It is impossible to not think about Mexico when we talk about tequila. The traditional drink is part of the identity, tradition, and culture of this country, and forever will be. Which is why it makes sense that, if there was a Guinness record related to the spirit, Mexico would have to hold it. This is exactly what happened a couple of weeks ago when almost 1,500 people got together and tasted tequila at an event that intended to break the existing record for the largest tequila tasting ever had.
With an exact number of 1,486 participants, the city of Guadalajara, Jalisco broke the existing record by 38, which had been held by Playa del Carmen, in the Mexican state of Quintana Roo. The Official judge for the Guinness World Records, Natalia Ramírez Taledo, congratulated the residents of Guadalajara for breaking the record, bringing it back to Jalisco, the home of tequila. The tequila tasting event was part of the celebrations that state and local governments organized to celebrate the first National Tequila Day, which will be held every March 16th.
This Guinness World Record for the largest tequila testing crowd has just been broken by Playa del Carmen, where a crowd of 1,448 gathered. Before Quintana Roo’s event, the title was being held by the city of Toronto, Canada. However, residents of Guadalajara decided to go big instead of going home and had a crowd almost 4 times larger than the 341 participants of the Canadian city. Guanajuato, another Mexican city had held this achievement prior.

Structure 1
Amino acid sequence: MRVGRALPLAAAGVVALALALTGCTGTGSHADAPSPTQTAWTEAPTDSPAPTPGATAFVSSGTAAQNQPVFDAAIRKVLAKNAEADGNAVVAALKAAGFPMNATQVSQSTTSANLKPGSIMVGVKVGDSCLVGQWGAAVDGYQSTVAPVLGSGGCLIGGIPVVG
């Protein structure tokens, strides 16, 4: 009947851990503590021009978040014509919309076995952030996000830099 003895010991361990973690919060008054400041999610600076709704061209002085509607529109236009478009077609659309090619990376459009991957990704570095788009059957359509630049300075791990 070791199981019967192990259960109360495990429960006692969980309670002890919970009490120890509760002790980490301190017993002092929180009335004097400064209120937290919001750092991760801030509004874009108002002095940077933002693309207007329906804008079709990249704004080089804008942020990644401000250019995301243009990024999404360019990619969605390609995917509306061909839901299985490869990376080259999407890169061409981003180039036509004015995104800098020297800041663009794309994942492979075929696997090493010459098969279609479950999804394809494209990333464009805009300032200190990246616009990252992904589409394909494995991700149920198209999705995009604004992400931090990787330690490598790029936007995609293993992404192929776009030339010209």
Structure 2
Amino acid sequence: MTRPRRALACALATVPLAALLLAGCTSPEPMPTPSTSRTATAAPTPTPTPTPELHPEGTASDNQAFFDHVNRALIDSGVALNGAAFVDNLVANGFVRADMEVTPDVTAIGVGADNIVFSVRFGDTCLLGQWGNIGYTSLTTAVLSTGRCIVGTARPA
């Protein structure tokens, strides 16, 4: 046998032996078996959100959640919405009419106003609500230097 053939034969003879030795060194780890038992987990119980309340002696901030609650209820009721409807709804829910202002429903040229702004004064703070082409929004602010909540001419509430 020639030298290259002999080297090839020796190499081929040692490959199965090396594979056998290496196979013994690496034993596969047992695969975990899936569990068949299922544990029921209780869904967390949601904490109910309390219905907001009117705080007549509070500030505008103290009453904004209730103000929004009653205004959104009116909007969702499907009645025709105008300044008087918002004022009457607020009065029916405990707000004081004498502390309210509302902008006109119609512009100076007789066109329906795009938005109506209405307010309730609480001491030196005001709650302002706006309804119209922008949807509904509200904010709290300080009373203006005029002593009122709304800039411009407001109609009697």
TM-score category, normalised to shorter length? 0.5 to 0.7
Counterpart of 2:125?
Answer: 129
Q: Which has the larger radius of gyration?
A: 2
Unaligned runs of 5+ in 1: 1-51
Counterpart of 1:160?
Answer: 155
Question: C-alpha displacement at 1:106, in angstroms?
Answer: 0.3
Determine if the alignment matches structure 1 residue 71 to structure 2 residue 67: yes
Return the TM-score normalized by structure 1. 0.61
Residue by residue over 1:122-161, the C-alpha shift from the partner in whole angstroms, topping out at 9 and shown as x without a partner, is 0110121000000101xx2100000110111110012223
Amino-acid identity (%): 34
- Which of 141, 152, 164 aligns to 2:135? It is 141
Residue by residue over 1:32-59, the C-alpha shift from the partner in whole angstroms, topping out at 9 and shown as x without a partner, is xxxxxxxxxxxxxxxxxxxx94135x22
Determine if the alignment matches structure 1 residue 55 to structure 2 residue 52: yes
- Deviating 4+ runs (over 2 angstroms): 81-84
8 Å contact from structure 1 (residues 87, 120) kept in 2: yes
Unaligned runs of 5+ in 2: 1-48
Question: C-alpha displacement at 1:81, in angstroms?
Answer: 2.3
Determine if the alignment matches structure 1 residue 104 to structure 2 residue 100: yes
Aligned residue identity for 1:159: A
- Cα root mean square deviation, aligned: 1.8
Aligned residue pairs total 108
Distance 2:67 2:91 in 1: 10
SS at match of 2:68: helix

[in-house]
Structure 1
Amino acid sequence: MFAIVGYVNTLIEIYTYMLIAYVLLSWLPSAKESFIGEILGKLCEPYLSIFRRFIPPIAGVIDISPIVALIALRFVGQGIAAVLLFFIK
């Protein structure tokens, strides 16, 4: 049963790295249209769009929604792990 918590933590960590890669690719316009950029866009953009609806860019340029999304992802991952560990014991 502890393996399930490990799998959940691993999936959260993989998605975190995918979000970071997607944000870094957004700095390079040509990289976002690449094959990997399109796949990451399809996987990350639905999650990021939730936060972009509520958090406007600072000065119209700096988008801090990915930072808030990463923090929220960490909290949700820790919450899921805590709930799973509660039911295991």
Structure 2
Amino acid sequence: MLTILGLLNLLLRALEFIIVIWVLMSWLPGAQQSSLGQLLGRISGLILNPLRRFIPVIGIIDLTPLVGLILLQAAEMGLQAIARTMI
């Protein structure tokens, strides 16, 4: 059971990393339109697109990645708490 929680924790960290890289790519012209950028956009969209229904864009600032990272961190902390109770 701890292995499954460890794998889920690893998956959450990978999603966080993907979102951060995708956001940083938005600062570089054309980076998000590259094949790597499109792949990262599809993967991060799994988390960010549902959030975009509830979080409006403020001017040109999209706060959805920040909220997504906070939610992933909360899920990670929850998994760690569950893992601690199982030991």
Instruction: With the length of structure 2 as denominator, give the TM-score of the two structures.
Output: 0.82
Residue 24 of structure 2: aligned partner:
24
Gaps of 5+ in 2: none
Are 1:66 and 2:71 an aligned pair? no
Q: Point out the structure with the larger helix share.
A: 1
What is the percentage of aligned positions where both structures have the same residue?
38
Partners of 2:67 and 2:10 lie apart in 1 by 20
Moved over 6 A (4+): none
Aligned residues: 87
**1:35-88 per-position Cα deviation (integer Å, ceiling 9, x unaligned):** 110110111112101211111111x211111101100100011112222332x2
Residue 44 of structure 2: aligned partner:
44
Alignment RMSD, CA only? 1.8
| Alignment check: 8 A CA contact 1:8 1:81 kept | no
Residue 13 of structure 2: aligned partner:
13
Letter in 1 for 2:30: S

The main reason why this event was held was to commemorate the very first National Day of Tequila. For this purpose, both state and local governments joined efforts and managed to organize the record-breaking event, which took place in Plaza Liberación, right in the historical downtown of Guadalajara.
Besides, many other initiatives have been successfully supported, too, aiming to strengthen the link between tequila and the local and national identity of Jalisco, one of the different states that hold the designation of origin, or DOT in Spanish. This means that this is one of the few states on which agave and tequila can be legally planted, harvested, and produced.
This event was also possible thanks to the combined efforts of the National Chamber of the Tequila Industry (CNIT) and the Mexican Secretary of Tourism.